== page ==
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Dozens rally outside Honolulu Hale, call to resume outdoor teams sports on Oahu

  • JAMM AQUINO / JAQUINO@STARADVERTISER.COM
                                Athletes and parents hold signs during a peaceful protest outside Honolulu Hale on Wednesday.

    JAMM AQUINO / JAQUINO@STARADVERTISER.COM

    Athletes and parents hold signs during a peaceful protest outside Honolulu Hale on Wednesday.

Dozens protested and sign waved in front of Honolulu Hale this afternoon in support of resuming outdoor organized sports on Oahu.

About 80 or so people gathered along the sidewalks near or at the intersection of Punchbowl Street and King Street as a growing number of people are now calling for permission to play outdoor sports again.

Non-college games, along with practices involving more than a handful of people, have been prohibited for almost as long as the COVID-19 outbreak has affected the island, and supporters of the cause argue the long hiatus is affecting the mental and physical health of people of all ages who participate in organized sports.

“It’s mental health … it’s physical health for both kids and adults,” said Sergio Bolioli, president of the Major Island Soccer Organization and organizer of the protest.

He said if anyone, such as college athletes, can play sports, then everyone else should be allowed to as well.

Thousands of others have already signed an online petition to get Mayor Kirk Caldwell and Gov. David Ige to understand how important outdoor sports is to the well-being of children.

Many of today’s demonstrators are student athletes themselves who would be practicing and playing in games right now if permitted.

Maxx Waynant, 17, is a senior at Kalaheo High School and has been limited to practicing soccer in his backyard, sometimes “one-on-one, with a couple of my friends, passing around. … Nothing where there’s too much people.”

Under Caldwell’s current tiered reopening strategy for Oahu, organized team sports outside that require permits won’t be allowed to resume until the city reaches Tier 4 — the most relaxed and most difficult-to-reach tier.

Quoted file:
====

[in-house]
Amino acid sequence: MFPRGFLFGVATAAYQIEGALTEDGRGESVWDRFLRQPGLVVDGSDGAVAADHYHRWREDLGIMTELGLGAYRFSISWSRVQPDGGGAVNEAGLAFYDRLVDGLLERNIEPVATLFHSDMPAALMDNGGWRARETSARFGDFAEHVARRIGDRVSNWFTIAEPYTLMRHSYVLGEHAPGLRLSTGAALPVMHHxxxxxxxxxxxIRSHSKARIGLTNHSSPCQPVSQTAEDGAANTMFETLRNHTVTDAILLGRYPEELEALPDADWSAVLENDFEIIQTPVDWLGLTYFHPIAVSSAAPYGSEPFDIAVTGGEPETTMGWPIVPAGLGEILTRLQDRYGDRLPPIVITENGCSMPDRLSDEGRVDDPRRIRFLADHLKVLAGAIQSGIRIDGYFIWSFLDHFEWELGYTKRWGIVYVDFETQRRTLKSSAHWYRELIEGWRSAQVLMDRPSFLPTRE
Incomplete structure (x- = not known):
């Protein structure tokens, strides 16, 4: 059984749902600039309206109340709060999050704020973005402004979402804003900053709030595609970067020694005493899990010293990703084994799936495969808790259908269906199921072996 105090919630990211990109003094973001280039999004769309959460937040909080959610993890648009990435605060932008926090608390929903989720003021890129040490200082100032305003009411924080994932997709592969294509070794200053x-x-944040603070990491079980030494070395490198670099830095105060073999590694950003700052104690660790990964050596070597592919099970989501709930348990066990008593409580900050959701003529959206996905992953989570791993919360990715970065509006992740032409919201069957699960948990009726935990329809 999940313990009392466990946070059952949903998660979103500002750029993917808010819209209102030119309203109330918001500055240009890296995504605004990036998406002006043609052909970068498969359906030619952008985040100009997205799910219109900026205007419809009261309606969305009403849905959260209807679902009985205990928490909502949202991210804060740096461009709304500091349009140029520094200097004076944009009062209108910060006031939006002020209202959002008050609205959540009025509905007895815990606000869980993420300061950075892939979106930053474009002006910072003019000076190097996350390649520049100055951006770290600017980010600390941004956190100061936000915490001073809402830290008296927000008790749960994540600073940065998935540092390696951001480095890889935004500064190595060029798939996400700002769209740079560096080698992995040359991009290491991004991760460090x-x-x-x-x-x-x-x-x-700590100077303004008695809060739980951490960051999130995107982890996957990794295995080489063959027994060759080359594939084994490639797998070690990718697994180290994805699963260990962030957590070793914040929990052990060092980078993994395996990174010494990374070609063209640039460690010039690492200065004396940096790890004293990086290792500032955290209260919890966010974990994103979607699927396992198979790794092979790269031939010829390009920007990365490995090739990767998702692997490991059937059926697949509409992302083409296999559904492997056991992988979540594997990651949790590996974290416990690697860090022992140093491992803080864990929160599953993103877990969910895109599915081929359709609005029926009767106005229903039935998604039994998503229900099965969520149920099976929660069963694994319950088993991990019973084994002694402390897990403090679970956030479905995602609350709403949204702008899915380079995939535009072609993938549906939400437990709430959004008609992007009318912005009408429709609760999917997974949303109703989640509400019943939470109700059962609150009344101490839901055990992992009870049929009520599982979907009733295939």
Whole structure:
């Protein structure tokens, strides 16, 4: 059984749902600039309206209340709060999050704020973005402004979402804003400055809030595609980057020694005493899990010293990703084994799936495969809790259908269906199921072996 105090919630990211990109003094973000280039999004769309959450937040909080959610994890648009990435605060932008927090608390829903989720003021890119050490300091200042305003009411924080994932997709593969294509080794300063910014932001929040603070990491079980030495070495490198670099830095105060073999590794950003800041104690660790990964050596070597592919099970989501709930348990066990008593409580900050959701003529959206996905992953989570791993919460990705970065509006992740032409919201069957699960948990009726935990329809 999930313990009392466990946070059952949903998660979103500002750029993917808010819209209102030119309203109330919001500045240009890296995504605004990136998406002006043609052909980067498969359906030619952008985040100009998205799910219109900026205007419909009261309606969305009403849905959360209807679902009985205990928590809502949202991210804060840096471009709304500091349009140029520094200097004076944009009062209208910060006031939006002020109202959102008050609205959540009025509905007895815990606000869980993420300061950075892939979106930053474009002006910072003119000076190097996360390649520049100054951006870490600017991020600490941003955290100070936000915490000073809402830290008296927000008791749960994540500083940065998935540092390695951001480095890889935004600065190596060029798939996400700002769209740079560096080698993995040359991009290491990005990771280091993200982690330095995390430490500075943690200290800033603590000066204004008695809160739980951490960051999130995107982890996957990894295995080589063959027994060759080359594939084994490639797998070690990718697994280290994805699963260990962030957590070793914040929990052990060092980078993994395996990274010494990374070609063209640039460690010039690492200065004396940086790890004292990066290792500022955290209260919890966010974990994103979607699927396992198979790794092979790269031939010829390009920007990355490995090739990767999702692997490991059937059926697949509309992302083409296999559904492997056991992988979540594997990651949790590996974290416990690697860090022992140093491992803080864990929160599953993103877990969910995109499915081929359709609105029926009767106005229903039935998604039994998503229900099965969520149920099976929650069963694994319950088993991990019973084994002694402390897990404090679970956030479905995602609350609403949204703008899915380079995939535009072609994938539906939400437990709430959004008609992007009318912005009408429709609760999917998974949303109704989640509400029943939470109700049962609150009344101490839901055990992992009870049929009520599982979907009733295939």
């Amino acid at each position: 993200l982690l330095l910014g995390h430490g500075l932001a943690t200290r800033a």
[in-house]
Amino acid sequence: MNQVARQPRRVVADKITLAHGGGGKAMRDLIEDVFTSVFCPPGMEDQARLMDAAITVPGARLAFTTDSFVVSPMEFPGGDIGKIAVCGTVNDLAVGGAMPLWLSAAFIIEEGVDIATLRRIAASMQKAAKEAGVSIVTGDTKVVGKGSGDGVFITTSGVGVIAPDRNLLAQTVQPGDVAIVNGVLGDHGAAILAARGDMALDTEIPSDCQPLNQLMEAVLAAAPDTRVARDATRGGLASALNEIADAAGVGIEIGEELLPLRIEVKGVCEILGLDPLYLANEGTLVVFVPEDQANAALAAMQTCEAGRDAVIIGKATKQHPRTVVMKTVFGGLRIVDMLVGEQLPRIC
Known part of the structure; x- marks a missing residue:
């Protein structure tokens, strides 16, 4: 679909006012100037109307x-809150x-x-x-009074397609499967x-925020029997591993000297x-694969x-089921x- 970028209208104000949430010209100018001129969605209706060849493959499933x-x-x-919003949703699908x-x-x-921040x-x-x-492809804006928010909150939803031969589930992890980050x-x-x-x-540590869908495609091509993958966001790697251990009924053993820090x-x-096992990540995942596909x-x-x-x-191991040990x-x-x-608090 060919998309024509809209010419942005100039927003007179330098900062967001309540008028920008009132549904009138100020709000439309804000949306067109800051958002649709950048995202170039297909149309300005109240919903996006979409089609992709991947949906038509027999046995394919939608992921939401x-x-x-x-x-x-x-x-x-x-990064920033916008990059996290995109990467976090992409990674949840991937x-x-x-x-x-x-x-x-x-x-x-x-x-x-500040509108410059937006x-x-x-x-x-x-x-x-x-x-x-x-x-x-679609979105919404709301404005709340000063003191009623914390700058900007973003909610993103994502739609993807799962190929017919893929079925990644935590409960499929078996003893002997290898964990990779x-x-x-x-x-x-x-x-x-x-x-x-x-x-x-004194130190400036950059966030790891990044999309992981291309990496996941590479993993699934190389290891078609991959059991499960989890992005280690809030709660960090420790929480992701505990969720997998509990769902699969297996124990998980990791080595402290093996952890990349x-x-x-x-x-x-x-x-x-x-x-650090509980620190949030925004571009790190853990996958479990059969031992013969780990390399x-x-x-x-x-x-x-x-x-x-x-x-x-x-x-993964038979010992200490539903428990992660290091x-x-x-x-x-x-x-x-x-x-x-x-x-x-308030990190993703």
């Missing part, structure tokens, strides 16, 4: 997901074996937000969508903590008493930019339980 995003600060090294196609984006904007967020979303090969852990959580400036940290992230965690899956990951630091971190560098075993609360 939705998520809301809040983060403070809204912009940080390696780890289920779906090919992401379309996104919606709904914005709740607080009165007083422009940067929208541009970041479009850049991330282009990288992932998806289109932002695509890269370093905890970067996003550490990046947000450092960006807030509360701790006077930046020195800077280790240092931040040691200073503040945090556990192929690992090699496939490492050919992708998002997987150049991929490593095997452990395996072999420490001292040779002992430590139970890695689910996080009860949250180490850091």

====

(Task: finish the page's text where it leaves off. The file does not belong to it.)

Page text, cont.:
One of the requirements for reaching Tier 4 is that the city has a seven-day average of fewer than 20 new COVID-19 cases per day. It is currently over 70 new cases per day and is on an upward trend.

Oahu hasn’t fallen under, let alone averaged, 20 new daily cases since late July.

Bolioli’s goal is to have outdoor team sports moved to Tier 2, where Oahu is at currently.

The city administration said outdoor sports was placed in Tier 4 because of its risk of uncontrolled and unmasked gatherings.

“While we wish all sports could resume immediately, limiting the size and frequency of large gatherings is proven to be the most effective way combat the spread of COVID-19, along with wearing face coverings, and physically distancing,” said Alexander Zannes, Caldwell’s communications director, in a statement. “Team sports were determined to be an activity where the risk of uncontrolled and unmasked gatherings was high, and was therefore placed in tier 4 of Oahu’s reopening plan.”

City officials have said previously that uncontrolled gatherings led to the intense spike in COVID-19 cases that the city experienced throughout August and is recovering from still.

Bolioli said COVID-19 rules would be easier to follow and enforce for organized sports played outside and said there has been no evidence that contribute widely to the spread of the virus on Oahu.

The city’s reopening strategy would make outdoor sports one of the final activities to resume on the Oahu in any capacity, along with possibly bars and night clubs, which are labeled as “to be determined” under Tier 4.

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